“Exploring where the natural and manufactured worlds collide” – Hastings Exhibition


Hastings Contemporary presents a major exhibition of the work of Caragh Thuring (born in Brussels in 1972) – her first exhibition in the UK in six years. It runs until March 12.

Caragh Thuring by Doug Inglish

Liz Gilmore, Director of Hastings Contemporary, said: “The exhibition of over 20 works will include paintings, drawings and monotypes created over the past 15 years. All works are on loan from the artist and UK public and private collections, to avoid the environmental impact of international shipping.

“Thuring’s unique compositions oscillate between the humorous and the everyday, juxtaposing the signs and images of his recurring iconography of volcanoes, bricks, submarines, tartan, human figures and flora and exploring where the worlds natural and manufactured collide.

“Thuring grew up in Scotland near Holy Loch, the site of America’s famous Cold War nuclear submarine base and also the construction site for the first concrete oil rigs in the North Sea. This clash of nature and industry continued throughout his practice with looming underwater silhouettes, vast industrial structures and landscapes appearing frequently across different series. Likewise, Thuringia incorporates a recurring brick motif into her work, which for her perfectly represents the natural and the made in a single object.

“Thuring is curious to know what lurks out of sight. Volcanoes and submarines lurk below, surfacing intermittently. The brick walls obstruct our view and the untreated or woven canvas draws our attention to the painting surface itself and what might lie beyond. What is not obscured is often fragmented, disrupting the viewer’s familiarity with what they are looking at.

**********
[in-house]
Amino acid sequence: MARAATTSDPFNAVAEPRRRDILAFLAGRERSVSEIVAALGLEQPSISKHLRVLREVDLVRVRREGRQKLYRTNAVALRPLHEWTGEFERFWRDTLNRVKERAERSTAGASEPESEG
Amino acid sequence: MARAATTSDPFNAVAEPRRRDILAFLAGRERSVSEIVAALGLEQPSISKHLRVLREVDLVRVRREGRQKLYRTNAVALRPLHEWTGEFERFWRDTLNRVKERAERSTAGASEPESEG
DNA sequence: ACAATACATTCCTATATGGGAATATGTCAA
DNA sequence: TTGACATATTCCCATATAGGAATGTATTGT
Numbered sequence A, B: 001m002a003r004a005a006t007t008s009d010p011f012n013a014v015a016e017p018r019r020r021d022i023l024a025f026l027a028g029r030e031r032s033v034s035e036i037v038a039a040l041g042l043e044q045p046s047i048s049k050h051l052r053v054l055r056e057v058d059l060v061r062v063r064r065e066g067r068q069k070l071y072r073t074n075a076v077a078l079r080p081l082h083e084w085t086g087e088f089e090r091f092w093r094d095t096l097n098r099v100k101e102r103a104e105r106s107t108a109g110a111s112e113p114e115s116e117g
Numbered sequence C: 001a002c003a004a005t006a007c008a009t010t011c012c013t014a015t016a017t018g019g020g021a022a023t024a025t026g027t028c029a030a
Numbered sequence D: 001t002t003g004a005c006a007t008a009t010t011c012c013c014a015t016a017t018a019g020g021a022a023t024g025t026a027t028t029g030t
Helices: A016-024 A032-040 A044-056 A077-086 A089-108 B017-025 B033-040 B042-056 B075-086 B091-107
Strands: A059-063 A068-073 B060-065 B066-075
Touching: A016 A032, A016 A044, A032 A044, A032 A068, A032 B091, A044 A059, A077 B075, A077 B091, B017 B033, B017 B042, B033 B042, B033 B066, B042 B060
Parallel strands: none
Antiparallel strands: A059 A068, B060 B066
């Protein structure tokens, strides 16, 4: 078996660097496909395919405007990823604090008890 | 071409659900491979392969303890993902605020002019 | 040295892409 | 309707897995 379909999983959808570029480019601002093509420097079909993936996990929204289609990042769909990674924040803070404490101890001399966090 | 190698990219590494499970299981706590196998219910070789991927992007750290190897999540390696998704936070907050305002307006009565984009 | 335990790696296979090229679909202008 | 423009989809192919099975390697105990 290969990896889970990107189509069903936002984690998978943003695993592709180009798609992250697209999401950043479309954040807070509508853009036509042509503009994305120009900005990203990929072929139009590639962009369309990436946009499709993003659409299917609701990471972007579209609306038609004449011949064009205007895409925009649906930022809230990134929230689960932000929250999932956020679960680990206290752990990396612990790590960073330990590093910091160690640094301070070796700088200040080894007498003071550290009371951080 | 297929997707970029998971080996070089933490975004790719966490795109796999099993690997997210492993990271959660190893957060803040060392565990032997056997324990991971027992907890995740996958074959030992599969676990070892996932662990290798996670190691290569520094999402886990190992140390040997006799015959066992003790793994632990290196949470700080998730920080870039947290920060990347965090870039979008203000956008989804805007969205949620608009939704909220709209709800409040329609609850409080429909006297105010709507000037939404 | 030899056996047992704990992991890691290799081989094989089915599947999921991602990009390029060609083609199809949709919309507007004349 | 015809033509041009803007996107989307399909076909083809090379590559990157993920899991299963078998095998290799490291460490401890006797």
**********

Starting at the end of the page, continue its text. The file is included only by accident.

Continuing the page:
“For recent works, Thuring commissioned bespoke fabrics from Suffolk silk weavers to use as canvas. Digital renderings of previous paintings, photographs she has taken or found images are woven on a loom, sewn together and stretched before being painted.

“Thuring’s fascination with boundary lines and liminal spaces is perfectly reflected in the gallery’s position on the foreshore, surrounded by the town’s historic beach, net shacks and fleet work structures. sin. Massacre of the Innocents (after Breughel), 2010, seems to echo the imposing local architecture of the fishermen’s huts on the beach of Hastings while the maritime and landscape language permeates the work.

“Thuring says she looks forward to the unprecedented experience of seeing her works created at different points in her career, together for the first time.”

Liz added: ‘Hastings Contemporary aims to champion the best in contemporary art, particularly painting, so the work of important mid-career artist Caragh Thuring is a perfect fit for our tenth anniversary. Thuring’s work is fluid, intuitive, instinctive. The constancy of his production is extraordinary. Thuring has explored and taken up many motifs over the years, often in response to geography/location and nature, including human nature. Volcanoes and their geological structures, nuclear submarines and landscapes, the clash of the natural and the manufactured, an exhibition of this nature, in our eco-friendly beachfront gallery, consuming all of our ground floor galleries will have a dramatic impact but also a strong resonance in Hastings and even nationally.

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